Meeker Colorado and the White River Valley
Northern Ute Tribe of the Uintah and Ouray Ute Reservation of Utah
When the Mormons settled in the Wasatch Valley in the 1840s, they tried to convert the Utes, as the Book of Mormon said that dark-skinned people were the chosen people. Some Utes accepted the Mormon religion and became farmers; others resisted. In the following years, as the Mormons encroached more and more onto Ute land, fighting began. Following a major battle, the Mormons asked the government for removal of the Utah bands. They were placed on the Uintah Valley Reservation in 1861 by President Lincoln.
In 1881, Ute bands in Colorado were also restricted to the Uintah Valley Reservation. Two more bands were sent to the newly established Uncompahgre Reservation in eastern Utah in 1882. In 1886, the Uintah and Ouray agencies consolidated as the Uintah and Ouray Ute Reservation, which expanded in 1882 to include the more southerly Uncompahgre Reservation and the Hill Creek Extension in 1948.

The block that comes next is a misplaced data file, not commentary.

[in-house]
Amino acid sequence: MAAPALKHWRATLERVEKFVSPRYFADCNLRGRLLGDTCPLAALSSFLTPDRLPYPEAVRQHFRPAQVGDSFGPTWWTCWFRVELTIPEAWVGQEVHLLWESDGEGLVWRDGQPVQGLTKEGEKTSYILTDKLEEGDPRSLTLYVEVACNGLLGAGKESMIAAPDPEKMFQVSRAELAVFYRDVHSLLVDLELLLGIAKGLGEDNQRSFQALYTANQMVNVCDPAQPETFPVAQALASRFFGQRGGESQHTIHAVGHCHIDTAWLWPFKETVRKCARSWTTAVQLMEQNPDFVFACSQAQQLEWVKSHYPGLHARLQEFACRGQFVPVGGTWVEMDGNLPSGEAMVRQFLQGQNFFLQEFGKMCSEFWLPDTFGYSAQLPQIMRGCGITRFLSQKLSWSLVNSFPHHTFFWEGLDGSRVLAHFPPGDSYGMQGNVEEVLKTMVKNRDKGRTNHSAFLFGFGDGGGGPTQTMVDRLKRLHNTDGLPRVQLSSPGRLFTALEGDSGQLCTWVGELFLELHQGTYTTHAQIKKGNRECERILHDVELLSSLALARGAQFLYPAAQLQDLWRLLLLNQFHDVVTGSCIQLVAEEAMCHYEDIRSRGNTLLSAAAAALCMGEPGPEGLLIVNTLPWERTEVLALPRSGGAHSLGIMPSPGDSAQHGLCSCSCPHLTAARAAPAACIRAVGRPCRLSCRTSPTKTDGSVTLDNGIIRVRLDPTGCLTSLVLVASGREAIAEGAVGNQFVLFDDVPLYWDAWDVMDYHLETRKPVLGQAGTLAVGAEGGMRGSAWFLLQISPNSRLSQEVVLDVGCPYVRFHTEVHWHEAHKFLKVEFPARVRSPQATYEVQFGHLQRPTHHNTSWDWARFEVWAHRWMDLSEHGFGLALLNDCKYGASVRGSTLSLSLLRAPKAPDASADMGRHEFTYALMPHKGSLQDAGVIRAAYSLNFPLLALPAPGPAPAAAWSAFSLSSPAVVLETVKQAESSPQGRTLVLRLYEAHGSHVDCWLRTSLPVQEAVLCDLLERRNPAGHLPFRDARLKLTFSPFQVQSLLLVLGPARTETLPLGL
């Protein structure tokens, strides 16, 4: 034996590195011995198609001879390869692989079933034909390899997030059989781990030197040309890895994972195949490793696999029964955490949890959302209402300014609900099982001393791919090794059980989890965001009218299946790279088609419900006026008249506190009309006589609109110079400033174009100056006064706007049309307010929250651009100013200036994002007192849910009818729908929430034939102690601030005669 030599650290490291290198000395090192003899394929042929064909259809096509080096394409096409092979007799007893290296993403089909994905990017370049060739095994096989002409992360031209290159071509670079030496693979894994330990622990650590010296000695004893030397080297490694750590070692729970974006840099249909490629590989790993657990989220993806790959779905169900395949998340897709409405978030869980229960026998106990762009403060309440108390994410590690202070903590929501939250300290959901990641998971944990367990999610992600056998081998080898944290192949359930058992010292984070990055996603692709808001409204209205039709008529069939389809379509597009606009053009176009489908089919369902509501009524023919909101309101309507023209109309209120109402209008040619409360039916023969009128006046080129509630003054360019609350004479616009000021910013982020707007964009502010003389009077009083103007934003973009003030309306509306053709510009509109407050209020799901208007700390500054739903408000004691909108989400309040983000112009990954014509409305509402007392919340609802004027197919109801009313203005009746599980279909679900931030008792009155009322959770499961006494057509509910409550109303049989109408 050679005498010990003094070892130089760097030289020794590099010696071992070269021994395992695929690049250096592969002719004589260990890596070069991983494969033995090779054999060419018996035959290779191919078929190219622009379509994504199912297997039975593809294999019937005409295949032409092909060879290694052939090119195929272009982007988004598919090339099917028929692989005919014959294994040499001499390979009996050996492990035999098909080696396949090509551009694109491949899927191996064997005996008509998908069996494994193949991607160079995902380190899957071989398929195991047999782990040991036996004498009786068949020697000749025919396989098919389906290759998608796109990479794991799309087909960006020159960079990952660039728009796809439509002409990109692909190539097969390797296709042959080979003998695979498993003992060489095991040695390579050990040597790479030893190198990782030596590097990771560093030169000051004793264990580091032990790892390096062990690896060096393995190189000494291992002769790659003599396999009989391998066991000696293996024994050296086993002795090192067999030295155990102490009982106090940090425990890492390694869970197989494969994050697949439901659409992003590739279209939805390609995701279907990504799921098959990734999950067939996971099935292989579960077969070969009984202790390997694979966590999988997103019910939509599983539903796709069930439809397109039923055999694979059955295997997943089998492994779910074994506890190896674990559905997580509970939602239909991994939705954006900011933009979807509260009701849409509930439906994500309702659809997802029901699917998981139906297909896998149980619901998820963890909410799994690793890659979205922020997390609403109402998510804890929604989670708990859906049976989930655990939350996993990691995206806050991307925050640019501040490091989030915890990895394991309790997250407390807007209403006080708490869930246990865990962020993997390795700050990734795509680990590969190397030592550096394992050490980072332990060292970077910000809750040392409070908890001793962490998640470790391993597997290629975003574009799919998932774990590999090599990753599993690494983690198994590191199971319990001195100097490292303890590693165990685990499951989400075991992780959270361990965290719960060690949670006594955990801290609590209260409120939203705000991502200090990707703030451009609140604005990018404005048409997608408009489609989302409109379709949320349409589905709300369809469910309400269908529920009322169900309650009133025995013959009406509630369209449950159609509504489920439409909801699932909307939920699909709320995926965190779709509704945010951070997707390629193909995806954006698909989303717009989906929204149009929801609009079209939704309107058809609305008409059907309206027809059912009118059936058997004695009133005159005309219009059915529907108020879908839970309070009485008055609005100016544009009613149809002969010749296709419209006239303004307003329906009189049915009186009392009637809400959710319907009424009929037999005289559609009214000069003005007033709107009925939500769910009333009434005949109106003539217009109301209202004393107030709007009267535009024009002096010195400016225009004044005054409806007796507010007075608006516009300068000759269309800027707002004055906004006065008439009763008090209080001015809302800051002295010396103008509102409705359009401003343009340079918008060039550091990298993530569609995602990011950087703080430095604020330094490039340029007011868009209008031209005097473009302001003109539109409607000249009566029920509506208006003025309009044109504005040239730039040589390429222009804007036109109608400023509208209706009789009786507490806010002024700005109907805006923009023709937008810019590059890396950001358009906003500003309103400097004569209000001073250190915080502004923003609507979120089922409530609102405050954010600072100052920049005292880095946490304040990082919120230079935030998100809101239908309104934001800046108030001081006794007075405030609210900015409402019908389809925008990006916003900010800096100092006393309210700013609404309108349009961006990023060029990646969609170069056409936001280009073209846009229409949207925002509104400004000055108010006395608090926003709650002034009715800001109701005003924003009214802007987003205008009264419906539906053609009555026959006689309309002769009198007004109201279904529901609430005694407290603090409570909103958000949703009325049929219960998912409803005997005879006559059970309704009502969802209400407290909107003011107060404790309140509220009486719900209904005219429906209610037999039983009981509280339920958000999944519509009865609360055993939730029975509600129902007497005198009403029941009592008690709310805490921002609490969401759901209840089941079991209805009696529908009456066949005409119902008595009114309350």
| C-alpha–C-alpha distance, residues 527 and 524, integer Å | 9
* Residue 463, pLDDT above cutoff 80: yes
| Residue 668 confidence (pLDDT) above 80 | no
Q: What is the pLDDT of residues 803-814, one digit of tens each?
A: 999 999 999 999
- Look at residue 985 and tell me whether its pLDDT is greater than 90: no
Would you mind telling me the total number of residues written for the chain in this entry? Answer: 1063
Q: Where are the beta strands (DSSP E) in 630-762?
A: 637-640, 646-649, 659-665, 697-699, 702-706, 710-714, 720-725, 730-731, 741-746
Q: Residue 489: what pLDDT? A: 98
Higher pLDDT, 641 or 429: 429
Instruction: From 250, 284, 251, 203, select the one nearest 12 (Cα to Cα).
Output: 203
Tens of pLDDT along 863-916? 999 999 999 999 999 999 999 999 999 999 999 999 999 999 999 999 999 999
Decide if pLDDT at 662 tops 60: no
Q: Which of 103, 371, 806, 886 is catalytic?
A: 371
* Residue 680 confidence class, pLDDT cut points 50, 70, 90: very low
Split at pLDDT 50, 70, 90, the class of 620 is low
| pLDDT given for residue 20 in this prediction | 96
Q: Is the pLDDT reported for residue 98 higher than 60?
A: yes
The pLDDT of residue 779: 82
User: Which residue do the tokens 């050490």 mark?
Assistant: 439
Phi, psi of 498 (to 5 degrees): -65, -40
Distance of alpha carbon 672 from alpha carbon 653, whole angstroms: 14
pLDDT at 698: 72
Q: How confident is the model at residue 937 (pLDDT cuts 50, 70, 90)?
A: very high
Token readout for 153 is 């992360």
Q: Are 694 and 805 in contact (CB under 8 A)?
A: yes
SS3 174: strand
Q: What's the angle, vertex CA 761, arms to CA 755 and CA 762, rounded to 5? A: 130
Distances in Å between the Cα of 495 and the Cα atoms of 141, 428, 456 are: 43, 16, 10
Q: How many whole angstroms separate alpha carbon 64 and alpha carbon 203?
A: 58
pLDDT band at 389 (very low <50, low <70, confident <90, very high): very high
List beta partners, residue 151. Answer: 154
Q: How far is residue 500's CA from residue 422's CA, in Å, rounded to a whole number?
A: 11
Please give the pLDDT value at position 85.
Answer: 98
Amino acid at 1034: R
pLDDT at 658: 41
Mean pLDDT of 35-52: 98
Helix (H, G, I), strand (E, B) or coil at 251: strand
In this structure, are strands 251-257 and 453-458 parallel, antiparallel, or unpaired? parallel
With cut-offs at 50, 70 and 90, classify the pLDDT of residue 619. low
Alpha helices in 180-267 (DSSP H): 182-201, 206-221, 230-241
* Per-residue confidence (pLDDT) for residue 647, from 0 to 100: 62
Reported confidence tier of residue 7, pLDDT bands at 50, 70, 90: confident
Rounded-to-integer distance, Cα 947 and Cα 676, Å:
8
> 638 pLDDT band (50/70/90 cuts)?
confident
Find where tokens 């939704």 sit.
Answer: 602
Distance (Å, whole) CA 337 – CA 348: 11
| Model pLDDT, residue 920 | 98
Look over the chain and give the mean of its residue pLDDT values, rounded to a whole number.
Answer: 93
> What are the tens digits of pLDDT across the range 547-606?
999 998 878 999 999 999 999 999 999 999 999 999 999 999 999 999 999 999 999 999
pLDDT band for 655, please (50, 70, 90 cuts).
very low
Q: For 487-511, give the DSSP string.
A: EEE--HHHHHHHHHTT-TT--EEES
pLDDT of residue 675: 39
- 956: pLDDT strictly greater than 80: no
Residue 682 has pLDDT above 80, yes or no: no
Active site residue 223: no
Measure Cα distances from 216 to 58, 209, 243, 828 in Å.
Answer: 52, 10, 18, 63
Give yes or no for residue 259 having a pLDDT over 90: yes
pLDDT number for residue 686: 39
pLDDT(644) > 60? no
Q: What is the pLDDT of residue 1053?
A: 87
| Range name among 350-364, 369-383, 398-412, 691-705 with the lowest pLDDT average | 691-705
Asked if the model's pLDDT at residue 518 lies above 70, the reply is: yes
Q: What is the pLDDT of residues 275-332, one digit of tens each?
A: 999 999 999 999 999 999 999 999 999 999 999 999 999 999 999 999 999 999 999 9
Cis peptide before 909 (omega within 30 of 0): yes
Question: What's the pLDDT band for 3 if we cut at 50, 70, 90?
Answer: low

Mineral resources are an economic asset, and total Ute Indian oil production averages over 1,000 barrels a day. Most of the reservationís communities have a post office, general store, and clothing stores. Auto repair shops are also located on the reservation.
Nearby Flaming Gorge on the Green River is a local tourist attraction, as is Fort Duchesne, formerly an army post. The annual Northern Ute Bear Dance, a ladiesí-choice social dance unique to the Utes, is held in late April or early May. The tribe also offers an annual powwow in the summer.
Children attend public schools on or near the reservation.
Disaster Risks and Assessment
Emergency Management Capacity
Northern Ute Indian Tribe of the Uintah and Ouray Ute
Information from: http://www.fema.gov/regions/viii/tribal/tribalmap.shtm
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